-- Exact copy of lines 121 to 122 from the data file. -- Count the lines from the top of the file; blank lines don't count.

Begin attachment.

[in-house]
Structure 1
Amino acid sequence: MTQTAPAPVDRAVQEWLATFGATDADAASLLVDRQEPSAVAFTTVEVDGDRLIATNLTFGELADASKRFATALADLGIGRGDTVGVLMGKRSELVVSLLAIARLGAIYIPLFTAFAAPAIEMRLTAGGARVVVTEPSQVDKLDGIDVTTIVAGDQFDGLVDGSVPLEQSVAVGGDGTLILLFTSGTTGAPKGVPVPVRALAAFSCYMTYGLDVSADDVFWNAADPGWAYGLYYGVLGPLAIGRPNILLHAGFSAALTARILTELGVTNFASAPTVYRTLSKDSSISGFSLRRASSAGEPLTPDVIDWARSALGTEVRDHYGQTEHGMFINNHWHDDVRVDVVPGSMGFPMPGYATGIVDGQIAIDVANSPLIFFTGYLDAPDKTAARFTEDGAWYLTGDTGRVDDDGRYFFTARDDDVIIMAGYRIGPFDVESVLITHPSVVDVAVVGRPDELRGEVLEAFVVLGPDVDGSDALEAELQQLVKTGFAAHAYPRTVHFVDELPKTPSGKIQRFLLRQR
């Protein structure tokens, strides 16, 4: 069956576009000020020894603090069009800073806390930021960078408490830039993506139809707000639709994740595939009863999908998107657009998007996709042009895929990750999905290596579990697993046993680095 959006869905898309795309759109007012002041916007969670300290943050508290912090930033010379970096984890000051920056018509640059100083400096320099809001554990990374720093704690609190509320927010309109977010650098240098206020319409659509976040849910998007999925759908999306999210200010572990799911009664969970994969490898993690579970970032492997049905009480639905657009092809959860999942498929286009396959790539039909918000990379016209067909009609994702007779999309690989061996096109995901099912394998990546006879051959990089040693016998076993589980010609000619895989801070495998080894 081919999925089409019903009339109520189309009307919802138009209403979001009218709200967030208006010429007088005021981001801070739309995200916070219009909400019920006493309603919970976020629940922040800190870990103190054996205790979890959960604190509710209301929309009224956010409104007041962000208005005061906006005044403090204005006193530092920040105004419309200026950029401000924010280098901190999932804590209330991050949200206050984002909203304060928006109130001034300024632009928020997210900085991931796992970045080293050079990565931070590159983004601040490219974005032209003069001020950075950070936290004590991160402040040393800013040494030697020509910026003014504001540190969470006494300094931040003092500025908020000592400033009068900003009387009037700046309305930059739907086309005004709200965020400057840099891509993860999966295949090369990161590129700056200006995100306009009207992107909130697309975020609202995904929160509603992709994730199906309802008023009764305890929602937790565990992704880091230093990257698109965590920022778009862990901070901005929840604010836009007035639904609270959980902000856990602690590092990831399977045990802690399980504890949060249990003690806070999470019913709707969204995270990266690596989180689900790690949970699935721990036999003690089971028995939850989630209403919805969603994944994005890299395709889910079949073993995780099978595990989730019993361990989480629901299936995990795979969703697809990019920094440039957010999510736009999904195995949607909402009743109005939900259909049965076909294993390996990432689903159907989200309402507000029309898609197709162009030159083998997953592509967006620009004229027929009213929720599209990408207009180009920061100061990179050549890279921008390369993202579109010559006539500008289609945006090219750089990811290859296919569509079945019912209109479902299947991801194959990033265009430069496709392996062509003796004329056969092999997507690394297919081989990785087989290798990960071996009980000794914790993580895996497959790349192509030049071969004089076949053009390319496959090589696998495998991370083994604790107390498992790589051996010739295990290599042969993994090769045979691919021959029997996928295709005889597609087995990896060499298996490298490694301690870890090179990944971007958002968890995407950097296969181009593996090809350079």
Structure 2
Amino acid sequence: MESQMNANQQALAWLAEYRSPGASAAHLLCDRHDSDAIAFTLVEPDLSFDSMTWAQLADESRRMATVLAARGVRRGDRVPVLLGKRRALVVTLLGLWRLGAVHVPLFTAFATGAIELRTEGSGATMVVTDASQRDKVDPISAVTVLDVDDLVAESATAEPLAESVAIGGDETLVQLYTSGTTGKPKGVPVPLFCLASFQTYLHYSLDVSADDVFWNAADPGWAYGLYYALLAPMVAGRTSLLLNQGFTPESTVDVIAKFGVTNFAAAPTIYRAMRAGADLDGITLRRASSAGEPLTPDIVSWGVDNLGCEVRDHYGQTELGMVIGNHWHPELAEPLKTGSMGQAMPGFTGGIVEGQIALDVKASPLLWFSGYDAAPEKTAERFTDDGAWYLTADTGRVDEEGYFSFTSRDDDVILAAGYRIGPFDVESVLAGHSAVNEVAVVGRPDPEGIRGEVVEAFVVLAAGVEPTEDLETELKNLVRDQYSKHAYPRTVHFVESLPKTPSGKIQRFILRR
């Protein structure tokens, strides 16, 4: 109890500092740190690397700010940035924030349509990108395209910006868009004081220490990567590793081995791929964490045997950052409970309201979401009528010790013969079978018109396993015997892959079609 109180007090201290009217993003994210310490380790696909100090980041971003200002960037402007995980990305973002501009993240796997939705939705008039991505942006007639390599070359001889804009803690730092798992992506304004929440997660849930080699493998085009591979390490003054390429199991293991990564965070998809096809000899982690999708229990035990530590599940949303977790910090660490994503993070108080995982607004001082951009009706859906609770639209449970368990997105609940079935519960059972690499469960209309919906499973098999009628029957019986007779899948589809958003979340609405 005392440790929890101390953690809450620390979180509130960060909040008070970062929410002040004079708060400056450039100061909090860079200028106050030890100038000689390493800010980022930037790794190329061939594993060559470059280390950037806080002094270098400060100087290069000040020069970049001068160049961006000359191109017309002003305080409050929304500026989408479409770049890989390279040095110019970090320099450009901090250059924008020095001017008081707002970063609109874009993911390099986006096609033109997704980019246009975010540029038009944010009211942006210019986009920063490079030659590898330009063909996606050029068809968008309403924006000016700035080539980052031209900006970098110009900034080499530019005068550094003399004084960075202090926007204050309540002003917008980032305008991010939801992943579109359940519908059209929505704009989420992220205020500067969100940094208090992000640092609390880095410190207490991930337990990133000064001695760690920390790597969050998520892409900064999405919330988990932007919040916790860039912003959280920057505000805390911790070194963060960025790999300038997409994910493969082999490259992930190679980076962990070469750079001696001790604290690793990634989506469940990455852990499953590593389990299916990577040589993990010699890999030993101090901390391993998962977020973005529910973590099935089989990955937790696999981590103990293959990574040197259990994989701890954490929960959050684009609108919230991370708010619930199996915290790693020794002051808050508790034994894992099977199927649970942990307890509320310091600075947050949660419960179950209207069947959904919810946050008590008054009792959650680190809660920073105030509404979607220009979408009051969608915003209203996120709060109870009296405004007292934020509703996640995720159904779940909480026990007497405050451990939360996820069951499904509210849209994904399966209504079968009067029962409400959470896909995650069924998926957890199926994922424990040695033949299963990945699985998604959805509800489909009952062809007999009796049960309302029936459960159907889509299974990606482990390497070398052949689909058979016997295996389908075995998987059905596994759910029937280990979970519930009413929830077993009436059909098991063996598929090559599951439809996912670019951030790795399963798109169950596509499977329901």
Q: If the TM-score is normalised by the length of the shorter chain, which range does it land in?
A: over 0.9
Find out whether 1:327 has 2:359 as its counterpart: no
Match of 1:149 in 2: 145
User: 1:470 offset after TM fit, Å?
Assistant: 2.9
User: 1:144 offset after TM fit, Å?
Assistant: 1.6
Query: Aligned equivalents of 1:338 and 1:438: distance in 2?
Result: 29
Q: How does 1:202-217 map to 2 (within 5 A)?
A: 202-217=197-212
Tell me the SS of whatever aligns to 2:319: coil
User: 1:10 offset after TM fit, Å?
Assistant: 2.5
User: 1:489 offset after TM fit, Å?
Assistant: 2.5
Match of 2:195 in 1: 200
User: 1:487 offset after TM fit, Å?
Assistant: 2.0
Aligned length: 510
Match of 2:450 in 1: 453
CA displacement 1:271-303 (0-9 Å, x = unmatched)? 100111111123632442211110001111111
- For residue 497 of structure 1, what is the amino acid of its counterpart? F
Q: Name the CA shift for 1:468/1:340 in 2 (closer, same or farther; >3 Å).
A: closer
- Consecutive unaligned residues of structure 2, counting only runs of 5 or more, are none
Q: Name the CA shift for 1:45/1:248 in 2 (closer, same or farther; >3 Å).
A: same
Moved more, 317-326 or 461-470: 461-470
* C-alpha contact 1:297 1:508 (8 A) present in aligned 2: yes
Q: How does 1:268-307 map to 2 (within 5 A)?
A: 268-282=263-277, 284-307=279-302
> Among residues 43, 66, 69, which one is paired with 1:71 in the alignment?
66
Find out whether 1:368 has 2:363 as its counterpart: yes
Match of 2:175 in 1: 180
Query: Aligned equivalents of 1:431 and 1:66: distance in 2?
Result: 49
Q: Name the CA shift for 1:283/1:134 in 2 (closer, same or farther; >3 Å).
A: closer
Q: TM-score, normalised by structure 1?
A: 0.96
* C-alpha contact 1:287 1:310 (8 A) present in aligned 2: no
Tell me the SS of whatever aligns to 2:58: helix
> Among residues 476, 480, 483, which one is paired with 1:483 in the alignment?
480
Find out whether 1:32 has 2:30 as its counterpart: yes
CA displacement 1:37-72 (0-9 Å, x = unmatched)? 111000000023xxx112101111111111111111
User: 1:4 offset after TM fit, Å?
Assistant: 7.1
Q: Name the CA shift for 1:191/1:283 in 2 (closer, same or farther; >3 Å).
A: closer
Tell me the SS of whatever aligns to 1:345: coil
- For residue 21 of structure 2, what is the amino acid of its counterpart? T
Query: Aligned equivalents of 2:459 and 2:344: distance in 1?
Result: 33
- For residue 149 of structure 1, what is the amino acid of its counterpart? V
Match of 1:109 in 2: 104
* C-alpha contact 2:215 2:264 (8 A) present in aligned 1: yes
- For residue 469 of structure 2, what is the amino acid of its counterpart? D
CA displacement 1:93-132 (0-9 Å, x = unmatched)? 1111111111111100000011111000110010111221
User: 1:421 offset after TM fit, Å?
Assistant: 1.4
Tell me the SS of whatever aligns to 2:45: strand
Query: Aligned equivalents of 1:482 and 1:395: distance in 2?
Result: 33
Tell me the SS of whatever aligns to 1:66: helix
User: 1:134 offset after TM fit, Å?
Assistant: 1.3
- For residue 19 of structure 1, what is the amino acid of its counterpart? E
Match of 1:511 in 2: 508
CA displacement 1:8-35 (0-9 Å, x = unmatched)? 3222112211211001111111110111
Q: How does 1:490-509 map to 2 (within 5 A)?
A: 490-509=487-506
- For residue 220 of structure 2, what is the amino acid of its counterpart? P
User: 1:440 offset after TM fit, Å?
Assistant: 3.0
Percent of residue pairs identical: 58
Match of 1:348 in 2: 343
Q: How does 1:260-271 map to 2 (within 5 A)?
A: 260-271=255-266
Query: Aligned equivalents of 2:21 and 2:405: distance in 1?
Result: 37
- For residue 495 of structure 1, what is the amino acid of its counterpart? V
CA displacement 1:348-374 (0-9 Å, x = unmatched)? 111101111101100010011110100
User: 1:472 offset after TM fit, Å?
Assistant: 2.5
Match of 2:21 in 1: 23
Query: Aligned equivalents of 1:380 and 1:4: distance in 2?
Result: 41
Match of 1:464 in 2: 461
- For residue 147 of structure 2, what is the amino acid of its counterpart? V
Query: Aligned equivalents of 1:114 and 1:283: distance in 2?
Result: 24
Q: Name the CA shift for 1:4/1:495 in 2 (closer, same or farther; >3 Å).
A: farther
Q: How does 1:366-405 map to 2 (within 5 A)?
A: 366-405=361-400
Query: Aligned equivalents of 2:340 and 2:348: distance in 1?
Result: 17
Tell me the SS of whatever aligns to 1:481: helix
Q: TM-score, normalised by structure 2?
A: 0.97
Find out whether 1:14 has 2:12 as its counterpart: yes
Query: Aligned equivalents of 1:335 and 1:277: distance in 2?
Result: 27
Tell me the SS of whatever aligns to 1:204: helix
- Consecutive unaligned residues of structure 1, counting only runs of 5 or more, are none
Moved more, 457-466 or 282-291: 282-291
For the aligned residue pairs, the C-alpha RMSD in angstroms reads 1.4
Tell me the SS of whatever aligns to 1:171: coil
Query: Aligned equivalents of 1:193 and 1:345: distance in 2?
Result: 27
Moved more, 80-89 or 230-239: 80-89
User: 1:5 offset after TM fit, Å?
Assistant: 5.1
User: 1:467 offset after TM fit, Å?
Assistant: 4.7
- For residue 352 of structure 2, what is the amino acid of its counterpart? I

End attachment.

Result: 27
Moved more, 80-89 or 230-239: 80-89